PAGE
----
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Big down payments could bar creditworthy borrowers from market, study finds

January 24, 2012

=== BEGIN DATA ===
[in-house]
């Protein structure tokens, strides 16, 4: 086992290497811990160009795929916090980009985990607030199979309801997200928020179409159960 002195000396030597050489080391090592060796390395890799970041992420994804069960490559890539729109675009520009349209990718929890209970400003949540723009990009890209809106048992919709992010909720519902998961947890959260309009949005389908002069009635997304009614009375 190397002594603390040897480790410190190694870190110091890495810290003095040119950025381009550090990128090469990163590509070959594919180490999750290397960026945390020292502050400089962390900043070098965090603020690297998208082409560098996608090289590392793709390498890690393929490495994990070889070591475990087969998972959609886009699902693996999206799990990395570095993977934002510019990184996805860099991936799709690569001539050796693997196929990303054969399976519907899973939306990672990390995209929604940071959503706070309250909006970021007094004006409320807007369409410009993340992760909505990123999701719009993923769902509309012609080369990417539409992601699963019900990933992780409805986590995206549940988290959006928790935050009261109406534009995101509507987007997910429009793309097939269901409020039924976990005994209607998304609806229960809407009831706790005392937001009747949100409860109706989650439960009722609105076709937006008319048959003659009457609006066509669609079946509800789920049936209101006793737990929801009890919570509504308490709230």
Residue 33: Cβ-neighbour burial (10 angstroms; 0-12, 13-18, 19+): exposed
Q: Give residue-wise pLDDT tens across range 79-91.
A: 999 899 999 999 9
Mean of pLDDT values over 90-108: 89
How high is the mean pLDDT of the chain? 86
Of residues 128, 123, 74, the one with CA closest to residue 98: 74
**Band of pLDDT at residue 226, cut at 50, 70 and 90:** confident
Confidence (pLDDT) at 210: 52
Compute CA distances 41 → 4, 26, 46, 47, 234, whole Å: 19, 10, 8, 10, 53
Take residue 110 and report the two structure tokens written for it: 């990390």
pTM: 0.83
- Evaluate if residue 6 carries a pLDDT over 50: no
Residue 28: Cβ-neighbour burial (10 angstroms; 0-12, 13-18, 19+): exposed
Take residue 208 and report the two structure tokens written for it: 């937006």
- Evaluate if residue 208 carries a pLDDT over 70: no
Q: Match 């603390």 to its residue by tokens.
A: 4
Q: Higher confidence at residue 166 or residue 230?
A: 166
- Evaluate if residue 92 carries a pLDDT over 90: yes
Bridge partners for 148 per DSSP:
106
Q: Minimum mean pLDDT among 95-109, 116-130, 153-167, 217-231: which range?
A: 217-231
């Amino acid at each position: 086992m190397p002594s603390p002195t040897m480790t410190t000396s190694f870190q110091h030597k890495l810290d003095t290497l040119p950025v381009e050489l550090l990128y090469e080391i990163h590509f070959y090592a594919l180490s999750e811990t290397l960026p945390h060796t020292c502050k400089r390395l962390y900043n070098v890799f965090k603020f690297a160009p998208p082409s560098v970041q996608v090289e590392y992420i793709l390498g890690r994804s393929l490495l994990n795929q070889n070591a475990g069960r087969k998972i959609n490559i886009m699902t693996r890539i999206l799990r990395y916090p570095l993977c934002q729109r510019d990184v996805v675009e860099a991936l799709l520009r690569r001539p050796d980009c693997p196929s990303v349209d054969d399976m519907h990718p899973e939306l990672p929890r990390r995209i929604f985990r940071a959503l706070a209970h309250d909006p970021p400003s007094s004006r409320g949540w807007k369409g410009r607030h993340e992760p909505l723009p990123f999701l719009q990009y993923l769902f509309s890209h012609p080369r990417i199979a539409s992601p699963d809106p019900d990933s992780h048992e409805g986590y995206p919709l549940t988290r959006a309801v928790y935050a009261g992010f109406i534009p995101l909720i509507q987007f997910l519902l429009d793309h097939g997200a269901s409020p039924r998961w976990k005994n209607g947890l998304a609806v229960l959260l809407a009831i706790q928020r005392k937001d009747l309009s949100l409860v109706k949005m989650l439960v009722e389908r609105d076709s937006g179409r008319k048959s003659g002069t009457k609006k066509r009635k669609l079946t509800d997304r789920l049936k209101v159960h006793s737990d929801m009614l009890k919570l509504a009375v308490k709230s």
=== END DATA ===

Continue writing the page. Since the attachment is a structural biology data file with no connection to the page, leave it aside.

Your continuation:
Requiring a minimum down payment of 20 percent, or even 10 percent, on home loans would push many creditworthy borrowers into higher-cost loans or out of the mortgage market entirely, a new study says. Possible down-payment requirements are part of a debate in Congress and among a cluster of federal regulatory agencies, as they develop new rules for mortgage lenders following the housing crash. To see what impact tougher rules for down payments and other criteria might have on borrowers, the University of North Carolina's Center for Community Capital, Wayne State University and the Center for Responsible Lending examined home purchase loans issued before the housing bubble burst. The researchers found that imposing a 10 percent down payment requirement would eliminate 38 percent of creditworthy borrowers from the traditional mortgage market and that at a 20 percent down payment threshold, 61 percent would be excluded.